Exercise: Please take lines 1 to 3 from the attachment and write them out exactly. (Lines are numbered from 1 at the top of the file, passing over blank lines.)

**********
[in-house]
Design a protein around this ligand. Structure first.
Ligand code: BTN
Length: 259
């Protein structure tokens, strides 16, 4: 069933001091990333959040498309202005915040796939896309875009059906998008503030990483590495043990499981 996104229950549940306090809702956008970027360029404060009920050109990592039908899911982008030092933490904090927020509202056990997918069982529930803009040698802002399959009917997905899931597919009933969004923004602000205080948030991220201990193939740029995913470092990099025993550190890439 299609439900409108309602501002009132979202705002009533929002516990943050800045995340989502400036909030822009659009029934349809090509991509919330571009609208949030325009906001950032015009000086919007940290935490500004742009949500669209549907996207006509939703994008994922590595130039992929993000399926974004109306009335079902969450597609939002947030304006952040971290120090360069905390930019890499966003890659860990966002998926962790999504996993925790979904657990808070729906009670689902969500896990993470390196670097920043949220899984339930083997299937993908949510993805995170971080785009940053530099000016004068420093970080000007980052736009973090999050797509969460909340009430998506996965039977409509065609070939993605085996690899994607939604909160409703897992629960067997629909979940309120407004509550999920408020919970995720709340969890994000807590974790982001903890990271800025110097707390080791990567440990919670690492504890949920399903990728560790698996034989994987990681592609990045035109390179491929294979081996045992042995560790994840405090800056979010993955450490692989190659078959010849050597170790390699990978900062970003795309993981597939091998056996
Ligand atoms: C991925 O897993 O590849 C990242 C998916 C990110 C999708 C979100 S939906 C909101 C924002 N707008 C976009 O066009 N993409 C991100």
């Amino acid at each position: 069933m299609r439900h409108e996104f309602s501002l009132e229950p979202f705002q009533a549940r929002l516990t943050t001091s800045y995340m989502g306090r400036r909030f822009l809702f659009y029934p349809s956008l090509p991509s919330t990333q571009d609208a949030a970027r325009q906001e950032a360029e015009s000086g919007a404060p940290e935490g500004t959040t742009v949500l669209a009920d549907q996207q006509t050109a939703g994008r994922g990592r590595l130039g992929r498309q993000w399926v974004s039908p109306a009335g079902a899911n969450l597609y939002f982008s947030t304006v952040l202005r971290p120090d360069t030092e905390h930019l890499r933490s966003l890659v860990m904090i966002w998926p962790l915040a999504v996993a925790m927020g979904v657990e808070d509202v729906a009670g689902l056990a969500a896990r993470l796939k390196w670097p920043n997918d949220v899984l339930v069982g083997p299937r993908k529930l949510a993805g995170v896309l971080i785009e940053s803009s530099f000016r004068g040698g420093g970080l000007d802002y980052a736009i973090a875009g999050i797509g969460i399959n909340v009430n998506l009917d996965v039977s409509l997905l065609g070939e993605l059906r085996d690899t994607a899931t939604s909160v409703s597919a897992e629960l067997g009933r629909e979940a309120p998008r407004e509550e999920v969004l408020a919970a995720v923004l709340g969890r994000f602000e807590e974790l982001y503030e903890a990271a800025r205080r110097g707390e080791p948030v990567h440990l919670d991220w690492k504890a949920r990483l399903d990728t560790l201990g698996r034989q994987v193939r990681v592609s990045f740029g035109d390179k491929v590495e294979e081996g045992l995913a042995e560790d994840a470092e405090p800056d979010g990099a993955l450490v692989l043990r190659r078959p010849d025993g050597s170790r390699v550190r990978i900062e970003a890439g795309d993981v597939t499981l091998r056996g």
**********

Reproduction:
[in-house]
Design a protein around this ligand. Structure first.
Ligand code: BTN